The Whispering Knights


Four hundred metres east of Stone Circle, and probably predating it by over 1000 years, the Whispering Knights is a 'portal dolmen' burial chamber that consists of four upright stones and a large fallen capstone.  The so-called ‘portal’ facade is formed by three stones that look like a giant doorway facing down the hill and it was probably intended to be seen from that side. Originally there were two or three more uprights to support the capstone which would have been placed on top, possibly at a rakish angle, to form a table-like 'dolmen' structure. At one time it was believed to be part of a long barrow, but excavations in the 1980s suggested that it is more likely to have been free-standing and intended to impress. The very large pillar-like stone on the left of the portal is the largest of all the Rollright Stones, and with the capstone in place on top (as it was until the 18th century) the chamber would have been even more striking.  It is estimated that using rollers, levers and sledges it may have taken over 60 people to move and erect the stones. It is thought that there would have been a low platform of small stones round the sides and back.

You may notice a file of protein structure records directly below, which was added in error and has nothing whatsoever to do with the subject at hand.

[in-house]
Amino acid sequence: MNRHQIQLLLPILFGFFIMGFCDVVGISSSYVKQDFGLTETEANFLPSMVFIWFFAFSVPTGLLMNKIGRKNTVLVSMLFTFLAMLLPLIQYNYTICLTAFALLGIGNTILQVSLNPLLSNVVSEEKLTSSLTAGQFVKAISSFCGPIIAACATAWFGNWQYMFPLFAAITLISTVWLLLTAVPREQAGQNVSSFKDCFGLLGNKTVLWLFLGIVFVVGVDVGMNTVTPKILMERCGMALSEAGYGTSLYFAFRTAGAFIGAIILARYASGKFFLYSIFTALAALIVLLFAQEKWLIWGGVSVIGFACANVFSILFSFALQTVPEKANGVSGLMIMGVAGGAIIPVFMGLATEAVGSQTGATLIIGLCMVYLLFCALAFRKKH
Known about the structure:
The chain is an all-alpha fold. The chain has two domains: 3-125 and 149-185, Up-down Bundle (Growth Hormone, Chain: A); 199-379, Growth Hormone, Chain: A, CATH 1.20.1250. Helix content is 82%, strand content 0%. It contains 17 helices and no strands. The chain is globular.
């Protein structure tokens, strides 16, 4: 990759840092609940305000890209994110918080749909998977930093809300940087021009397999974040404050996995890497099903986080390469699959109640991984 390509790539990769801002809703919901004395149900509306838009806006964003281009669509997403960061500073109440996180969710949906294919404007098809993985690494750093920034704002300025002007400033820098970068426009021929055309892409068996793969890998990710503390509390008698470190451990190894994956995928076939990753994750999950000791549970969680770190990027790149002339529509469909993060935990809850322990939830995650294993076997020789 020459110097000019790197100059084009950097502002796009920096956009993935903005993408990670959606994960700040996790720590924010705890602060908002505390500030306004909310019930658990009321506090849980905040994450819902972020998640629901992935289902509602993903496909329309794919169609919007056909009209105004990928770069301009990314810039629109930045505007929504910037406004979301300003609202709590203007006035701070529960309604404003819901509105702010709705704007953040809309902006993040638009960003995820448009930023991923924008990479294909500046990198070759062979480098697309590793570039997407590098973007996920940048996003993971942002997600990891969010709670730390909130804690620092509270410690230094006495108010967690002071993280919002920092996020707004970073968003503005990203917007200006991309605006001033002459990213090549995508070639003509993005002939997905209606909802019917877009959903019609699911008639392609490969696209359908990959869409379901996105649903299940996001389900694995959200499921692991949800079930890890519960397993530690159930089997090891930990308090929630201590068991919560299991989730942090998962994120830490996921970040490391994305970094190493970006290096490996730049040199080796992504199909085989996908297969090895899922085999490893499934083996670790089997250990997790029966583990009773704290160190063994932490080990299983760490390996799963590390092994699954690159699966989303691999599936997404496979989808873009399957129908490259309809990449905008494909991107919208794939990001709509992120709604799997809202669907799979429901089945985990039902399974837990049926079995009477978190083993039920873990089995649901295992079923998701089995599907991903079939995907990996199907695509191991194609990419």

By analogy with other such monuments, the Whispering Knights was probably one the earliest funerary monuments in Britain, perhaps built around 3,800 BC and the c.2m square chamber would have contained the disarticulated bones of several individuals. Early Neolithic, Beaker and early Bronze Age pottery found in the immediate vicinity suggests that the tomb was venerated over many centuries and a piece of human bone washed out from the chamber was radiocarbon dated to c.1700BC. 

The monument got its name as part of the legend about the king and his army who were outwitted by a witch and turned to stone: because of the conspiratorial way in which the portal stones lean towards each other, the stones are said to be the treacherous knights conniving against the king, though others think they are praying. Intriguingly, although it looks as if the central slab of the portal should be supporting the pillars either side, they do not actually touch, probably because the limestone has been dissolved over the millennia. (See article Rollright Stones - Natural Weathering and Condition of the Stones.)

Like the King's Men stone circle, the Whispering Knights were put into guardianship in 1883 and the railings erected in 1894 at the same time as those for the King Stone.

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